After 24 hours of travel, including three hours getting through customs, you could forgive Dr. William Brown for wanting to sleep in on the first morning of his biannual Africa trip. But, patients were waiting.

Brown is a plastic surgeon from Denver who travels to Tanzania with the 501(c)3 One World Medical Relief. Most of the patients he sees are children with cleft lip and pallet, and burns.

"Children with cleft lip and cleft pallet, there's a significant instance of malnutrition," Brown said. "One if five kids will die before the age of five. If we can change some of that, if we can give them a normal life I'm all in."

Anesthesiologist Dr. David Theil has been traveling to Tanzania with Brown for the past 10 years.

"We have a lot of anesthesia challenges, because the kids are undernourished, they're often anemic and they have bad lungs because they've been living in a smoky hut," he said.

The doctors work in hospitals where bed space is scarce. They partner with safari companies that bring in tents and cots to keep their patients in safe healing environments. One World Medical Relief also works with the Plaster House, a rehabilitation center for children recovering from disability correcting surgeries.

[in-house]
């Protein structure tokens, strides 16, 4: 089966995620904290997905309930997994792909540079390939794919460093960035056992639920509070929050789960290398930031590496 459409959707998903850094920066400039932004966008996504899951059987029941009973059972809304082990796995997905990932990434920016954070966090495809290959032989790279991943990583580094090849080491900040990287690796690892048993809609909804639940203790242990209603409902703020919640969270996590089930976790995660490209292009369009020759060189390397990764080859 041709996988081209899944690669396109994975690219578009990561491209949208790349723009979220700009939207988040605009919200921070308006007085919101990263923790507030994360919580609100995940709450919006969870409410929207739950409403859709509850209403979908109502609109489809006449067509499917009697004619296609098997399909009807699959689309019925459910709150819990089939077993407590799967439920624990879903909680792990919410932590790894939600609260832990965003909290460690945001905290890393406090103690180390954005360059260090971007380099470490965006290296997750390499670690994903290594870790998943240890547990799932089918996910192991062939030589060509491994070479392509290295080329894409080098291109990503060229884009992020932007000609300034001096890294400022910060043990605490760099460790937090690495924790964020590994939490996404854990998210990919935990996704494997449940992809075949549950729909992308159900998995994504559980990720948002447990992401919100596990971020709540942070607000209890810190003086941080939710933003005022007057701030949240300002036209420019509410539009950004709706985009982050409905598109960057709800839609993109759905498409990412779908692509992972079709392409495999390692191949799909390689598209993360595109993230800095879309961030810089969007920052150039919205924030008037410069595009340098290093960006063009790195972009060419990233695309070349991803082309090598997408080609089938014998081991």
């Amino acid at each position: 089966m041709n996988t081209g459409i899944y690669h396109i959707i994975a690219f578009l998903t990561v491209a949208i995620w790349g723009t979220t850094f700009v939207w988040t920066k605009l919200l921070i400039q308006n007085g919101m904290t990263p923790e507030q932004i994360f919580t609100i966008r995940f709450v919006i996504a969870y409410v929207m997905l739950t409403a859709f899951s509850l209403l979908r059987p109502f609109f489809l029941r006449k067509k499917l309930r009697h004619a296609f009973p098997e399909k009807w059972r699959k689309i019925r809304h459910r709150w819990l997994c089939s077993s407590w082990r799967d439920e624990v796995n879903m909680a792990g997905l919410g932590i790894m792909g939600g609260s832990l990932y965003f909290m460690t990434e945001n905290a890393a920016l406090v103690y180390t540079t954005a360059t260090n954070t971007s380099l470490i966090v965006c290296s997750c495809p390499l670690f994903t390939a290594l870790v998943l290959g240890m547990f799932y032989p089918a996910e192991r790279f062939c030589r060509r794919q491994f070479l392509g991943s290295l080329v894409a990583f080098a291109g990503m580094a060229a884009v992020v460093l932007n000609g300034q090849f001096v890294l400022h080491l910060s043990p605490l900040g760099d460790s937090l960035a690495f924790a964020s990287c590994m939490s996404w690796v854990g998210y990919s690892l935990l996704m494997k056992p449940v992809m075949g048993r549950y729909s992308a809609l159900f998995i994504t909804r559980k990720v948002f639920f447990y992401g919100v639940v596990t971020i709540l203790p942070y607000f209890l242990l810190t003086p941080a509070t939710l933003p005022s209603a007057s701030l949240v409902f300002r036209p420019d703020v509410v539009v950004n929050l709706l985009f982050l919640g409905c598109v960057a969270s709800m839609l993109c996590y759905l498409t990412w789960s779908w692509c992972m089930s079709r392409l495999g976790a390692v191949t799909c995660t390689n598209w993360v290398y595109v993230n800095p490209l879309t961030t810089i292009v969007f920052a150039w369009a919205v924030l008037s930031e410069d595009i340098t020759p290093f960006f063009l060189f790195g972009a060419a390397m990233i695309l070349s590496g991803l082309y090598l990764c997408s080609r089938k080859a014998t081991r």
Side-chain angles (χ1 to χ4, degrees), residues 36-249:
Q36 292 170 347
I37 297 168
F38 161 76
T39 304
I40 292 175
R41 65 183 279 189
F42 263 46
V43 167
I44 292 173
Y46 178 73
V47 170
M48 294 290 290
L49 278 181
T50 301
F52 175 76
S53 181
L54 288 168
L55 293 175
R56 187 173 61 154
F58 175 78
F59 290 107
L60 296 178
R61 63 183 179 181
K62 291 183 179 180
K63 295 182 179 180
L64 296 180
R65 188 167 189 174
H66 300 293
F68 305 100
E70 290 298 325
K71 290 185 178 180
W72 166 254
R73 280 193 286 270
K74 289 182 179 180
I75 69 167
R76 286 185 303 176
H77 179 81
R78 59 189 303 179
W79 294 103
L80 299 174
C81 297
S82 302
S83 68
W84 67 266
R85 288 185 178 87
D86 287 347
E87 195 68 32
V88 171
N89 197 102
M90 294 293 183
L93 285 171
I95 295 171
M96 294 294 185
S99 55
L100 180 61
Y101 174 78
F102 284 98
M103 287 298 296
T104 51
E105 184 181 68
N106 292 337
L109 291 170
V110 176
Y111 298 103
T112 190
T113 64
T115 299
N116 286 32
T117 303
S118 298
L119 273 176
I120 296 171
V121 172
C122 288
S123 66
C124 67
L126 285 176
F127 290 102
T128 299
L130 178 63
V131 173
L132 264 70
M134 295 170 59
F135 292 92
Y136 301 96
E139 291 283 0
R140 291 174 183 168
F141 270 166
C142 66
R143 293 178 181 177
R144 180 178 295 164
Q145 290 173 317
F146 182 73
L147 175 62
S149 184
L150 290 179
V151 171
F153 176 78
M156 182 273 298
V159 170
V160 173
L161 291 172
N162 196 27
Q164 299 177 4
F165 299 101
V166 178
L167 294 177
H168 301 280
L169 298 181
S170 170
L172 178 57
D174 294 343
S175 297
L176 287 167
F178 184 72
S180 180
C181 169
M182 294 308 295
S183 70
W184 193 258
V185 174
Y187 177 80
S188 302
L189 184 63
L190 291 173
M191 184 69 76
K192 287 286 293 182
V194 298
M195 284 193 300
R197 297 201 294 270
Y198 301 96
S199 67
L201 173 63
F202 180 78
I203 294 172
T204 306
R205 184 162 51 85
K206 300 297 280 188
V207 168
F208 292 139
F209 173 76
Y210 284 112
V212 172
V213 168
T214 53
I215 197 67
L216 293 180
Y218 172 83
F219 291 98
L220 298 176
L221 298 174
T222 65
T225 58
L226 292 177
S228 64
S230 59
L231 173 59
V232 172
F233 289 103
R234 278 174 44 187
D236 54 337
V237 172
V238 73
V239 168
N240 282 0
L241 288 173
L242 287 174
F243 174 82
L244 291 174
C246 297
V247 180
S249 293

"This is a very gratifying experience without question," Theil said. "These children really would have no hope of getting fixed without us going over there.

Brown says his patients have no easy access to hospitals in Tanzania. He tells the story of a boy attacked by a leopard to illustrate his point.

"It ate part of his face," Brown said. "He walked for two days to get to a road, spent three days on trucks getting shuffled to our hospital and then it happened to be the week before I was going to be there."

The doctors don't make any money on these trips and much of the cost comes out of their pockets. Still, they keep going back.

"We know the Maasai and the people in Tanzania are counting on us to come back," Theil Said.